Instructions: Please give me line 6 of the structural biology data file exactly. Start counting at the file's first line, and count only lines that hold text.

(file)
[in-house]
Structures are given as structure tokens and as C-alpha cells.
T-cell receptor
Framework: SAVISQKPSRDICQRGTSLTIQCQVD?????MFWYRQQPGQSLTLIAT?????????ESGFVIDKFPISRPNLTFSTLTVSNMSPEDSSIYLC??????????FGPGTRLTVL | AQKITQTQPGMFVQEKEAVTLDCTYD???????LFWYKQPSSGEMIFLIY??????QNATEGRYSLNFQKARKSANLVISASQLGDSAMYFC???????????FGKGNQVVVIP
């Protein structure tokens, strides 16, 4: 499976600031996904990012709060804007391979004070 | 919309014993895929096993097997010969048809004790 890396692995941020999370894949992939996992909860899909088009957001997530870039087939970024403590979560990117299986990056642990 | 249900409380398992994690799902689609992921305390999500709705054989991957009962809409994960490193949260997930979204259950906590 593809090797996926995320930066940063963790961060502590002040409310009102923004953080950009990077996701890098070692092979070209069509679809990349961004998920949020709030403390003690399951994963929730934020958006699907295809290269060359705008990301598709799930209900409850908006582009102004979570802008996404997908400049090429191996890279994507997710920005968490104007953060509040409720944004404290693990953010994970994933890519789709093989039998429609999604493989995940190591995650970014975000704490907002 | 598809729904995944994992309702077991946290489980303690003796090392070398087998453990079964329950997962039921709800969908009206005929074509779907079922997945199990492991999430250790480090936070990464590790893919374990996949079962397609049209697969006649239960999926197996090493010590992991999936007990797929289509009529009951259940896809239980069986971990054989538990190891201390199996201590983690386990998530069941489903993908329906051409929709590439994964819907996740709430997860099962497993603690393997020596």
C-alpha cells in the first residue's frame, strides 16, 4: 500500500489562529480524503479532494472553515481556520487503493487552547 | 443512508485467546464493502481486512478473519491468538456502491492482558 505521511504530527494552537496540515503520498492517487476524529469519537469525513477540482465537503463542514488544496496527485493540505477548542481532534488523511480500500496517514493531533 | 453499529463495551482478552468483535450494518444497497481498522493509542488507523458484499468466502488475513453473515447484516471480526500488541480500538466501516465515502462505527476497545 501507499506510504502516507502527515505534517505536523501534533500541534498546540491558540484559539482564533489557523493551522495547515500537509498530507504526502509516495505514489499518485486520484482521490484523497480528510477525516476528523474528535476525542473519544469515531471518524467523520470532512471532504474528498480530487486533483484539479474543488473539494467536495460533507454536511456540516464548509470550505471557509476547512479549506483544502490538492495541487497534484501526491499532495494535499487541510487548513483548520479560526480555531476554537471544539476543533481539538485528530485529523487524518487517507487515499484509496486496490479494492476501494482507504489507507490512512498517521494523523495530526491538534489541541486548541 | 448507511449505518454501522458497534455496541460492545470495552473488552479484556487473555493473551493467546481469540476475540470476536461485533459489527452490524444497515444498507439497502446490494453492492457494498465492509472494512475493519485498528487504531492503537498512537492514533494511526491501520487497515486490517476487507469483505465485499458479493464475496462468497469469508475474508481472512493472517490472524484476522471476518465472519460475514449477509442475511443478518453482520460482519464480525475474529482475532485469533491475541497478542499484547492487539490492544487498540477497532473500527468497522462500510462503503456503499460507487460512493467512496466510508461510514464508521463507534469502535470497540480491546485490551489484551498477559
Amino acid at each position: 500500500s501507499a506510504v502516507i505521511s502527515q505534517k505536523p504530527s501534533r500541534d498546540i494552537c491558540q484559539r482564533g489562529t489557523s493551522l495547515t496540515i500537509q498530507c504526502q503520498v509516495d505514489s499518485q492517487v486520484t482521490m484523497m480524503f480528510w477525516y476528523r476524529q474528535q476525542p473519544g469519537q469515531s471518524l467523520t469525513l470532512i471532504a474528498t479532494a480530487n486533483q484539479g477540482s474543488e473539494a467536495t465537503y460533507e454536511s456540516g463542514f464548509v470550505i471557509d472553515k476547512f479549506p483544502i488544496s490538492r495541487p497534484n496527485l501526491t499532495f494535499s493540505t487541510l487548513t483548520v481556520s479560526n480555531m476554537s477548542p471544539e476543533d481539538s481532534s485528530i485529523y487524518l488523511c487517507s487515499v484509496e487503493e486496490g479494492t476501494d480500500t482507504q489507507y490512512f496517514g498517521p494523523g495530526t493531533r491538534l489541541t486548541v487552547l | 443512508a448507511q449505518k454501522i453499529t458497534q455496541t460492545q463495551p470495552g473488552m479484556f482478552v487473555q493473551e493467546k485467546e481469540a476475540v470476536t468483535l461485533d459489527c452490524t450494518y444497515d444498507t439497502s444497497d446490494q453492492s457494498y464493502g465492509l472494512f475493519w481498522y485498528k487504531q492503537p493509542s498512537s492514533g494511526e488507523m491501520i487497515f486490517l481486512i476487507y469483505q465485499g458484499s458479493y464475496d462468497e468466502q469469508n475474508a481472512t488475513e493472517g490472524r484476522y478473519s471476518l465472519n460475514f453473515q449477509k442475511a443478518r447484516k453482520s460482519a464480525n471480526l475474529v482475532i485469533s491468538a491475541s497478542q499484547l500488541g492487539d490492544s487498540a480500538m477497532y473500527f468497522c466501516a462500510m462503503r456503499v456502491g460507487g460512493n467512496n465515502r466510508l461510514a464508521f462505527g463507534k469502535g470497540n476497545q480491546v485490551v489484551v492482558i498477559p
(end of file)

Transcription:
C-alpha cells in the first residue's frame, strides 16, 4: 500500500489562529480524503479532494472553515481556520487503493487552547 | 443512508485467546464493502481486512478473519491468538456502491492482558 505521511504530527494552537496540515503520498492517487476524529469519537469525513477540482465537503463542514488544496496527485493540505477548542481532534488523511480500500496517514493531533 | 453499529463495551482478552468483535450494518444497497481498522493509542488507523458484499468466502488475513453473515447484516471480526500488541480500538466501516465515502462505527476497545 501507499506510504502516507502527515505534517505536523501534533500541534498546540491558540484559539482564533489557523493551522495547515500537509498530507504526502509516495505514489499518485486520484482521490484523497480528510477525516476528523474528535476525542473519544469515531471518524467523520470532512471532504474528498480530487486533483484539479474543488473539494467536495460533507454536511456540516464548509470550505471557509476547512479549506483544502490538492495541487497534484501526491499532495494535499487541510487548513483548520479560526480555531476554537471544539476543533481539538485528530485529523487524518487517507487515499484509496486496490479494492476501494482507504489507507490512512498517521494523523495530526491538534489541541486548541 | 448507511449505518454501522458497534455496541460492545470495552473488552479484556487473555493473551493467546481469540476475540470476536461485533459489527452490524444497515444498507439497502446490494453492492457494498465492509472494512475493519485498528487504531492503537498512537492514533494511526491501520487497515486490517476487507469483505465485499458479493464475496462468497469469508475474508481472512493472517490472524484476522471476518465472519460475514449477509442475511443478518453482520460482519464480525475474529482475532485469533491475541497478542499484547492487539490492544487498540477497532473500527468497522462500510462503503456503499460507487460512493467512496466510508461510514464508521463507534469502535470497540480491546485490551489484551498477559